If your sheltie does happen to mat before you can get to it, if it is not too close to the skin the mat would be better off cut out with scissors. If you don't want to do that and want to try to work it out, spray the area with detangle solution and try to work it out with your fingers. Sometimes splitting the mat in two with the scissors is a good idea. Just make sure you work the point of the scissors between the skin and mat and split it towards the end. By doing this a few times and making the mat into several sections, you may be able to work the mat out with fingers or a comb.


Be gentle, even the nicest sheltie will nip if he is hurt. If you have a sheltie that does not tolerate much grooming, it would be wise to invest in a muzzle for any mat or tangle removal.


Pay special attention to the feet in the winter time for any salt or ice that can stick and tangle in the pads of the feet. Shelties have the tendency to have a lot of hair that grows from the bottom of the foot in between the pads. Cutting this hair out with scissors or clippers would help here to keep down the amount of ice, snow or salt they drag into the house.


When your dog comes inside from a nice romp in the snow he may be wet on the outer coat. That's OK as the inner coat will keep him nicely dry and warm. The sheltie is bred for cold weather. The Shetland Isles are very cold and wet in the winter even though there is not much snow (too much salt from the sea air). Even temps in the summer are not much over 60 degrees so the sheltie can handle just about any winter weather that Indiana can dish out.


Shetland is foggy, damp and gets a lot of rain. There also is not much shelter on it's rocky land and certainly shelter from trees is scarce since trees are non exhistant. Our little shelties can take a lot of weather abuse as long as it's cold and not hot and humid, so don't worry too much about play time outdoors unless we have sub zero weather. If we should experience sub zero temperatures it would be wise to check paw pads and ear tips upon coming indoors if your pal has spent quite a long period outdoors.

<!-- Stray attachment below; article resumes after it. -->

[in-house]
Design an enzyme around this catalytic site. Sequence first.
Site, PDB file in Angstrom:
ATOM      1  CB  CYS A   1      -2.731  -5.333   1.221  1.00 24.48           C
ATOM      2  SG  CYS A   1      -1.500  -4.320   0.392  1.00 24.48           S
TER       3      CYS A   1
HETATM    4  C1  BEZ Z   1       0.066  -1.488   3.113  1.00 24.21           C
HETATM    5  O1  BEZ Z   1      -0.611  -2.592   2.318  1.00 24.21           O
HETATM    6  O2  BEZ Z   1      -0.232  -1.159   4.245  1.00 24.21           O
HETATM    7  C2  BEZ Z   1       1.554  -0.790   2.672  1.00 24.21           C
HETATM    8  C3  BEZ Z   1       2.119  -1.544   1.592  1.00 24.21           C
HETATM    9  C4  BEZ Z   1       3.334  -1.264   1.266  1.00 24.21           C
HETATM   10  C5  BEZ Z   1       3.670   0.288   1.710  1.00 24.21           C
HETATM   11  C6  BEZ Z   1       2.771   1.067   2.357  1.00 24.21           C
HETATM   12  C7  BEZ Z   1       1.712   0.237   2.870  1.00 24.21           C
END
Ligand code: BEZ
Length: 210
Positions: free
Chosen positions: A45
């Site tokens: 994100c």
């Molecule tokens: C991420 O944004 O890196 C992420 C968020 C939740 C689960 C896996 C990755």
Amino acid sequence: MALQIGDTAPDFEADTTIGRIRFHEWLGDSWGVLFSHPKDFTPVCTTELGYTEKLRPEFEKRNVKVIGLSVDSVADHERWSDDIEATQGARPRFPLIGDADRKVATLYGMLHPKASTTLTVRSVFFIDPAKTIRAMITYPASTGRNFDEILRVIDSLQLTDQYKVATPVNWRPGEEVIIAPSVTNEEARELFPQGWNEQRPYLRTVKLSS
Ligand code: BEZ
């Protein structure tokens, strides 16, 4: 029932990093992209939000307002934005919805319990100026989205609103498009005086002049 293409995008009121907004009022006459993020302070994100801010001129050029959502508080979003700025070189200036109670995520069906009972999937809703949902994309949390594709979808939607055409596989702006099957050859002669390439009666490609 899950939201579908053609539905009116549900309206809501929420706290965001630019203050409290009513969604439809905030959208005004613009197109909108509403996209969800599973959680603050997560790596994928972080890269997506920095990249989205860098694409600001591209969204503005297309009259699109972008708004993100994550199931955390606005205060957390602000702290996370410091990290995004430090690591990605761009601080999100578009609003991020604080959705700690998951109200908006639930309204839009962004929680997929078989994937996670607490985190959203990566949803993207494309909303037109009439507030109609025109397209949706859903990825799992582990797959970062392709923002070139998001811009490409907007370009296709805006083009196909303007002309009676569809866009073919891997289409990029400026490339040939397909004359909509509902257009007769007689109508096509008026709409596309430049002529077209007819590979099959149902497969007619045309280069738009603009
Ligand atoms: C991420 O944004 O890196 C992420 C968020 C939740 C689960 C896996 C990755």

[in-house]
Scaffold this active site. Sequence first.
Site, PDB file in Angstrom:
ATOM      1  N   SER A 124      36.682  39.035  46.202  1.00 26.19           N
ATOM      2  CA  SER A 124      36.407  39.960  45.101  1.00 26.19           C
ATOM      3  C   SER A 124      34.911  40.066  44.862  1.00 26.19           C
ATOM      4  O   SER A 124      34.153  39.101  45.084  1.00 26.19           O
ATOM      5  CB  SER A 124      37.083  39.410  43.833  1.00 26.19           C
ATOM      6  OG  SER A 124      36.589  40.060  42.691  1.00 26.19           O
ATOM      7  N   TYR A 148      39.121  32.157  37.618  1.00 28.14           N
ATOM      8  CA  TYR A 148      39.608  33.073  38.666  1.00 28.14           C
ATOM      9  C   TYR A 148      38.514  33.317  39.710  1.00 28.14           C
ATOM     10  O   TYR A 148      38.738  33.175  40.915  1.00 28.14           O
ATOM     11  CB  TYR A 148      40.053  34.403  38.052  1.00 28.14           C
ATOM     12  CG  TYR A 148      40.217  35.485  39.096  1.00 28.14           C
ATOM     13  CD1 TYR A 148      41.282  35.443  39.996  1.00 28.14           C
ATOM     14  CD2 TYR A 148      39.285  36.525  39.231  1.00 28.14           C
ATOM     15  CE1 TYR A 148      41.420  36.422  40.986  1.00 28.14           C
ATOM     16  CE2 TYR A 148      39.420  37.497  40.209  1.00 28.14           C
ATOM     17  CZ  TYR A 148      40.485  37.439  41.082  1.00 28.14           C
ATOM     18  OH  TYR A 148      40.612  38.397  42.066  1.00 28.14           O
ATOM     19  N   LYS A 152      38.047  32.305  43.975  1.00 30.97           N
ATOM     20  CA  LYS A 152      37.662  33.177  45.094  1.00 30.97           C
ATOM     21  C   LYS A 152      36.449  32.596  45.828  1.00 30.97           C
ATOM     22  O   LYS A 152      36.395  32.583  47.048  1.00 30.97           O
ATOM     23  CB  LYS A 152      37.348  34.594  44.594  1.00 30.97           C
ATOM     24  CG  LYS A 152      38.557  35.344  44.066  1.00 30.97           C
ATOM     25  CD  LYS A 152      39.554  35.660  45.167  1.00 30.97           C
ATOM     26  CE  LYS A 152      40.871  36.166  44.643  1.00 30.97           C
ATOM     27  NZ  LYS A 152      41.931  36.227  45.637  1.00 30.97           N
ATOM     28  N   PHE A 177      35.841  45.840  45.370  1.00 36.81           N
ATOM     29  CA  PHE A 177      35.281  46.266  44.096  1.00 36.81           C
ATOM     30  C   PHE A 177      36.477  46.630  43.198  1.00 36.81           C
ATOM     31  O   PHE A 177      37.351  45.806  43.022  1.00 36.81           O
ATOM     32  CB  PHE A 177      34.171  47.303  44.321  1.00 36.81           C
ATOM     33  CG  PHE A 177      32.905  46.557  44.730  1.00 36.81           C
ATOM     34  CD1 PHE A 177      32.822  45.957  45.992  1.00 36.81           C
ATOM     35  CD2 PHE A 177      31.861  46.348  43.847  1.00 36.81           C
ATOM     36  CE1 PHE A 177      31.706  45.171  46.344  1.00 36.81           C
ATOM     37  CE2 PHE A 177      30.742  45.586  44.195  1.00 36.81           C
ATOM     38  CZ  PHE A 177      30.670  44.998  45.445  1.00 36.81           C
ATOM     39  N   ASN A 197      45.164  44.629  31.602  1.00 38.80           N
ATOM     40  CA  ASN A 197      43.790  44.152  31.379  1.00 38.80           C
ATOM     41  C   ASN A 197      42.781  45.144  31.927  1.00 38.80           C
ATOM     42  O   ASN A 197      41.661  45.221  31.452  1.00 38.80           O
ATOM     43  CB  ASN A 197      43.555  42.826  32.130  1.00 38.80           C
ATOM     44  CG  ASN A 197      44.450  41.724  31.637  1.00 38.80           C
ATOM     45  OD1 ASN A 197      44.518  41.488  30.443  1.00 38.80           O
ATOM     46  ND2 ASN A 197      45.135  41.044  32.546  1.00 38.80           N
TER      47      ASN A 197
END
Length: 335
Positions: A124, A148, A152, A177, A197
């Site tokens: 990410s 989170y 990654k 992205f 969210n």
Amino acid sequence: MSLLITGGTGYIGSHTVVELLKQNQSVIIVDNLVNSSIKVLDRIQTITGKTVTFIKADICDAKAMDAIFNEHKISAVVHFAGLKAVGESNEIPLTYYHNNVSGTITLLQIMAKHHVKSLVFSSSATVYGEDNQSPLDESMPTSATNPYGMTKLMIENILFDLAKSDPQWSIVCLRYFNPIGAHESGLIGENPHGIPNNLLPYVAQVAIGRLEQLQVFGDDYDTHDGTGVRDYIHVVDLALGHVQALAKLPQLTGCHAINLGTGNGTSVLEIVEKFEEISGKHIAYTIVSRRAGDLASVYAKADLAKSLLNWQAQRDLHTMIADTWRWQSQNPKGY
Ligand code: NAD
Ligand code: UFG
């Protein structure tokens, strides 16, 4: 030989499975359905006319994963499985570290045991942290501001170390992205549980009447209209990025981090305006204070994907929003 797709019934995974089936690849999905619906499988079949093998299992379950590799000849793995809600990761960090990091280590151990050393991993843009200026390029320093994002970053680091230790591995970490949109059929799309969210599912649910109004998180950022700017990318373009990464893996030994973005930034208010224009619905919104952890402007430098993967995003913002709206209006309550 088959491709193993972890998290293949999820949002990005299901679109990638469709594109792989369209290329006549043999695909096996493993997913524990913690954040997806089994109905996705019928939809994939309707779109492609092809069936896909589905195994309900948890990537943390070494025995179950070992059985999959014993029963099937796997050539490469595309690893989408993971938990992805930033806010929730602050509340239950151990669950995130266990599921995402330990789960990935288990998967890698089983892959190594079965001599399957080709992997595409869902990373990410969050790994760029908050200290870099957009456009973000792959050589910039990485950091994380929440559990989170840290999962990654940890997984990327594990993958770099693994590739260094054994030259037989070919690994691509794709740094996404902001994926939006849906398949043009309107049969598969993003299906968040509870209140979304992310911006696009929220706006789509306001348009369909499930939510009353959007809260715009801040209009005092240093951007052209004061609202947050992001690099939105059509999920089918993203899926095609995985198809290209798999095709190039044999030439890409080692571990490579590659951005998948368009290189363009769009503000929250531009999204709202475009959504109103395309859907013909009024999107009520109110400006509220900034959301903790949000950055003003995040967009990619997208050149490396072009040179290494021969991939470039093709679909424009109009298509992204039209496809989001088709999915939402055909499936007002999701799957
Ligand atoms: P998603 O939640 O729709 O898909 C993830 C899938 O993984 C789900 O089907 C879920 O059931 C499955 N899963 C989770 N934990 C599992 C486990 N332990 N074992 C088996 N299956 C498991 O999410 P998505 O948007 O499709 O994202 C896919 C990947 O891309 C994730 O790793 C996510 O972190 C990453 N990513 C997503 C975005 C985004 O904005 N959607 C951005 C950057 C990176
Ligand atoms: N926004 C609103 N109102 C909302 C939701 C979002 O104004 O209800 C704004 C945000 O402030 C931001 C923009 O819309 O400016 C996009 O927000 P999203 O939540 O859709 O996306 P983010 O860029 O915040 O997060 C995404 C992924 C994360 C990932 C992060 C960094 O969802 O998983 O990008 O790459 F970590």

Probably the dry air in our houses in the winter can contribute a lot to our sheltie's dry skin condition. Help here can come from a spray bottle filled with warm water or better yet that spray on, leave in conditioner I mentioned earlier on. Spritz this over the coat and let it soak in. Towel in or just let air dry. By using a little doggy cologne with the spray will keep your sheltie smelling their best as well.


Another baddie to check for is burrs. Handle them the same way as mats. If you choose to work them out be careful you don't get stuck yourself as these things hurt. After a walk in the woods or on the farm check your dog over for anything sticking on the coat. It is a good idea to remove burrs before they get too embedded in fur. Getting them out early is the trick to easy burr removal. Besides, left too long, and I have seen these things embed into the skin. Ouch!


Winter brings a few problems to the grooming industry and I think I have covered most of them. But look out for spring when shedding season starts. Nobody around here ever blows coat at the same time and it's a never ending job keeping up with just my crew. I don't mind the grooming, but man if only I could afford a housekeeper!